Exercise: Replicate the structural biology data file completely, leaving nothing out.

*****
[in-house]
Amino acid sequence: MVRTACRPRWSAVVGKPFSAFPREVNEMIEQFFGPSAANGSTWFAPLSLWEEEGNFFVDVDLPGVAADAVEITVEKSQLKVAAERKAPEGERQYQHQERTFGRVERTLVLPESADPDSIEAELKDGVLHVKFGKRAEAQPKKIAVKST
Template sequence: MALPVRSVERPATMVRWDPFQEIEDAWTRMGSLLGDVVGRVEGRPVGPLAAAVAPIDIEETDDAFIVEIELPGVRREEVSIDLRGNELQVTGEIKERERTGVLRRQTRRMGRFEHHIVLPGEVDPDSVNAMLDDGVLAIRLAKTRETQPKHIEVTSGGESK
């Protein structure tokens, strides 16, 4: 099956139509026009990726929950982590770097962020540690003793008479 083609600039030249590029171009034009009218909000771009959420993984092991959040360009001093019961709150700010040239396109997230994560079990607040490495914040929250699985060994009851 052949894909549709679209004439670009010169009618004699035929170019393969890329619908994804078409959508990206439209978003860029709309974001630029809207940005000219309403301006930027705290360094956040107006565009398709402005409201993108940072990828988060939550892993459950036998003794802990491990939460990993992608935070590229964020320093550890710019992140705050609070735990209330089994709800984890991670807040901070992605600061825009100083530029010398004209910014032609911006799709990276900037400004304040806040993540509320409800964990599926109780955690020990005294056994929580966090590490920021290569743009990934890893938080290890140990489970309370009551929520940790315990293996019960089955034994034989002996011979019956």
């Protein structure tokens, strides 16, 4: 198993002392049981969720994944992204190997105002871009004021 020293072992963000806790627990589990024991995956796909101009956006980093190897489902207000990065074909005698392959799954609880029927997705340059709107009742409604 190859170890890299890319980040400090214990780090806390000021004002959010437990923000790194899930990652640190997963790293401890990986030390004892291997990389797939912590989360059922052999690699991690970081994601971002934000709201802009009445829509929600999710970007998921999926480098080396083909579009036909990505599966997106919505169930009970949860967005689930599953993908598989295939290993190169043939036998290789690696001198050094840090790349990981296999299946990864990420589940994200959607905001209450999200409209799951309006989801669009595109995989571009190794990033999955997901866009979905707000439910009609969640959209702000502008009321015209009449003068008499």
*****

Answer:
[in-house]
Amino acid sequence: MVRTACRPRWSAVVGKPFSAFPREVNEMIEQFFGPSAANGSTWFAPLSLWEEEGNFFVDVDLPGVAADAVEITVEKSQLKVAAERKAPEGERQYQHQERTFGRVERTLVLPESADPDSIEAELKDGVLHVKFGKRAEAQPKKIAVKST
Template sequence: MALPVRSVERPATMVRWDPFQEIEDAWTRMGSLLGDVVGRVEGRPVGPLAAAVAPIDIEETDDAFIVEIELPGVRREEVSIDLRGNELQVTGEIKERERTGVLRRQTRRMGRFEHHIVLPGEVDPDSVNAMLDDGVLAIRLAKTRETQPKHIEVTSGGESK
């Protein structure tokens, strides 16, 4: 099956139509026009990726929950982590770097962020540690003793008479 083609600039030249590029171009034009009218909000771009959420993984092991959040360009001093019961709150700010040239396109997230994560079990607040490495914040929250699985060994009851 052949894909549709679209004439670009010169009618004699035929170019393969890329619908994804078409959508990206439209978003860029709309974001630029809207940005000219309403301006930027705290360094956040107006565009398709402005409201993108940072990828988060939550892993459950036998003794802990491990939460990993992608935070590229964020320093550890710019992140705050609070735990209330089994709800984890991670807040901070992605600061825009100083530029010398004209910014032609911006799709990276900037400004304040806040993540509320409800964990599926109780955690020990005294056994929580966090590490920021290569743009990934890893938080290890140990489970309370009551929520940790315990293996019960089955034994034989002996011979019956």
């Protein structure tokens, strides 16, 4: 198993002392049981969720994944992204190997105002871009004021 020293072992963000806790627990589990024991995956796909101009956006980093190897489902207000990065074909005698392959799954609880029927997705340059709107009742409604 190859170890890299890319980040400090214990780090806390000021004002959010437990923000790194899930990652640190997963790293401890990986030390004892291997990389797939912590989360059922052999690699991690970081994601971002934000709201802009009445829509929600999710970007998921999926480098080396083909579009036909990505599966997106919505169930009970949860967005689930599953993908598989295939290993190169043939036998290789690696001198050094840090790349990981296999299946990864990420589940994200959607905001209450999200409209799951309006989801669009595109995989571009190794990033999955997901866009979905707000439910009609969640959209702000502008009321015209009449003068008499």